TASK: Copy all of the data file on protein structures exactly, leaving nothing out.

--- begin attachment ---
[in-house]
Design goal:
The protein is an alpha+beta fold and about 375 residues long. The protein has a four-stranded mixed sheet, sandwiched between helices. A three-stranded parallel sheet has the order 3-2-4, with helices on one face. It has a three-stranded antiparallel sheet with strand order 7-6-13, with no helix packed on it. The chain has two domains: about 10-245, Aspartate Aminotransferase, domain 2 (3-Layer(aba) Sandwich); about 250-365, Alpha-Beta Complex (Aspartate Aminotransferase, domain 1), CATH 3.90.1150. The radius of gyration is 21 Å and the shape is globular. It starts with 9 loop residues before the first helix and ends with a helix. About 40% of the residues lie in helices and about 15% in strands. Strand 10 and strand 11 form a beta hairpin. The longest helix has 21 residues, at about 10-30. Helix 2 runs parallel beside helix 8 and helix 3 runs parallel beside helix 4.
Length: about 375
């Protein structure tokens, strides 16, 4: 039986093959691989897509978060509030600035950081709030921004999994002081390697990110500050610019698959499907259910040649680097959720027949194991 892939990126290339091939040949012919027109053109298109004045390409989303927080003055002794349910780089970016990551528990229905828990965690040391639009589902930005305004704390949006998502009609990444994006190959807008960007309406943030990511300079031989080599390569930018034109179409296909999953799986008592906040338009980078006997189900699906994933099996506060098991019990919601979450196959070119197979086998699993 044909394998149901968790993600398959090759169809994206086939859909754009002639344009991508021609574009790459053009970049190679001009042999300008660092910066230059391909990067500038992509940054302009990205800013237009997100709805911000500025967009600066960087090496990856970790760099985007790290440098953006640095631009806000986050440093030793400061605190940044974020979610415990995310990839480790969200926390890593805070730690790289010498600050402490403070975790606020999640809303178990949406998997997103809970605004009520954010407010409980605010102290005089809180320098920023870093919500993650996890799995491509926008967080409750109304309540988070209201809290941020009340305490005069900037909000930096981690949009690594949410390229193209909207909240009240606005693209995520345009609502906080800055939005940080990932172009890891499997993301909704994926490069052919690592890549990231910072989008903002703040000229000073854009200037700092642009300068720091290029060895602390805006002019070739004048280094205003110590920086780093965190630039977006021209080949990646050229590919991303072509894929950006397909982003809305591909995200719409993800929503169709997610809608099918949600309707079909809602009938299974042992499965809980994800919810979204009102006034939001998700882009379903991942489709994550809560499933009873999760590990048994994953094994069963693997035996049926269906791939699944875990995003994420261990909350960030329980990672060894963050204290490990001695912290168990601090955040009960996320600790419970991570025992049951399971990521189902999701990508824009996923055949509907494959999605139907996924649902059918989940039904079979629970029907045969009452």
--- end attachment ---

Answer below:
[in-house]
Design goal:
The protein is an alpha+beta fold and about 375 residues long. The protein has a four-stranded mixed sheet, sandwiched between helices. A three-stranded parallel sheet has the order 3-2-4, with helices on one face. It has a three-stranded antiparallel sheet with strand order 7-6-13, with no helix packed on it. The chain has two domains: about 10-245, Aspartate Aminotransferase, domain 2 (3-Layer(aba) Sandwich); about 250-365, Alpha-Beta Complex (Aspartate Aminotransferase, domain 1), CATH 3.90.1150. The radius of gyration is 21 Å and the shape is globular. It starts with 9 loop residues before the first helix and ends with a helix. About 40% of the residues lie in helices and about 15% in strands. Strand 10 and strand 11 form a beta hairpin. The longest helix has 21 residues, at about 10-30. Helix 2 runs parallel beside helix 8 and helix 3 runs parallel beside helix 4.
Length: about 375
């Protein structure tokens, strides 16, 4: 039986093959691989897509978060509030600035950081709030921004999994002081390697990110500050610019698959499907259910040649680097959720027949194991 892939990126290339091939040949012919027109053109298109004045390409989303927080003055002794349910780089970016990551528990229905828990965690040391639009589902930005305004704390949006998502009609990444994006190959807008960007309406943030990511300079031989080599390569930018034109179409296909999953799986008592906040338009980078006997189900699906994933099996506060098991019990919601979450196959070119197979086998699993 044909394998149901968790993600398959090759169809994206086939859909754009002639344009991508021609574009790459053009970049190679001009042999300008660092910066230059391909990067500038992509940054302009990205800013237009997100709805911000500025967009600066960087090496990856970790760099985007790290440098953006640095631009806000986050440093030793400061605190940044974020979610415990995310990839480790969200926390890593805070730690790289010498600050402490403070975790606020999640809303178990949406998997997103809970605004009520954010407010409980605010102290005089809180320098920023870093919500993650996890799995491509926008967080409750109304309540988070209201809290941020009340305490005069900037909000930096981690949009690594949410390229193209909207909240009240606005693209995520345009609502906080800055939005940080990932172009890891499997993301909704994926490069052919690592890549990231910072989008903002703040000229000073854009200037700092642009300068720091290029060895602390805006002019070739004048280094205003110590920086780093965190630039977006021209080949990646050229590919991303072509894929950006397909982003809305591909995200719409993800929503169709997610809608099918949600309707079909809602009938299974042992499965809980994800919810979204009102006034939001998700882009379903991942489709994550809560499933009873999760590990048994994953094994069963693997035996049926269906791939699944875990995003994420261990909350960030329980990672060894963050204290490990001695912290168990601090955040009960996320600790419970991570025992049951399971990521189902999701990508824009996923055949509907494959999605139907996924649902059918989940039904079979629970029907045969009452």